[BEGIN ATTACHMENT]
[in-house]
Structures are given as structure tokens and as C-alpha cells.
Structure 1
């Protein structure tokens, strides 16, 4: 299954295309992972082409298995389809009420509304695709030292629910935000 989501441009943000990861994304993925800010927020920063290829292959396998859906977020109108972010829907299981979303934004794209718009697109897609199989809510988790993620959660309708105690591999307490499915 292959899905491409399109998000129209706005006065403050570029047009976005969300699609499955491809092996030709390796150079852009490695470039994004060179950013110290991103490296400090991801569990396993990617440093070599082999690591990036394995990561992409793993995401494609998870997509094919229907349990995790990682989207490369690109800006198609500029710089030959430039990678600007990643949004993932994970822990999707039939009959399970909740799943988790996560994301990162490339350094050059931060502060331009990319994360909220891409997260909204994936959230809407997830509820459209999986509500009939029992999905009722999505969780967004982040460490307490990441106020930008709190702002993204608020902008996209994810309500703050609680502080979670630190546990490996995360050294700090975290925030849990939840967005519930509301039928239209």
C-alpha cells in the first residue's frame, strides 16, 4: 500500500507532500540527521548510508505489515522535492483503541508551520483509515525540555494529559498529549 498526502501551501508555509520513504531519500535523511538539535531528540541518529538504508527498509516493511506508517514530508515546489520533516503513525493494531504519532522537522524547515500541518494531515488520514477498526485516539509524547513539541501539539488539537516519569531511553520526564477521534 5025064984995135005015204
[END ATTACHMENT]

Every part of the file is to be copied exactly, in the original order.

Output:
[in-house]
Structures are given as structure tokens and as C-alpha cells.
Structure 1
């Protein structure tokens, strides 16, 4: 299954295309992972082409298995389809009420509304695709030292629910935000 989501441009943000990861994304993925800010927020920063290829292959396998859906977020109108972010829907299981979303934004794209718009697109897609199989809510988790993620959660309708105690591999307490499915 292959899905491409399109998000129209706005006065403050570029047009976005969300699609499955491809092996030709390796150079852009490695470039994004060179950013110290991103490296400090991801569990396993990617440093070599082999690591990036394995990561992409793993995401494609998870997509094919229907349990995790990682989207490369690109800006198609500029710089030959430039990678600007990643949004993932994970822990999707039939009959399970909740799943988790996560994301990162490339350094050059931060502060331009990319994360909220891409997260909204994936959230809407997830509820459209999986509500009939029992999905009722999505969780967004982040460490307490990441106020930008709190702002993204608020902008996209994810309500703050609680502080979670630190546990490996995360050294700090975290925030849990939840967005519930509301039928239209």
C-alpha cells in the first residue's frame, strides 16, 4: 500500500507532500540527521548510508505489515522535492483503541508551520483509515525540555494529559498529549 498526502501551501508555509520513504531519500535523511538539535531528540541518529538504508527498509516493511506508517514530508515546489520533516503513525493494531504519532522537522524547515500541518494531515488520514477498526485516539509524547513539541501539539488539537516519569531511553520526564477521534 5025064984995135005015204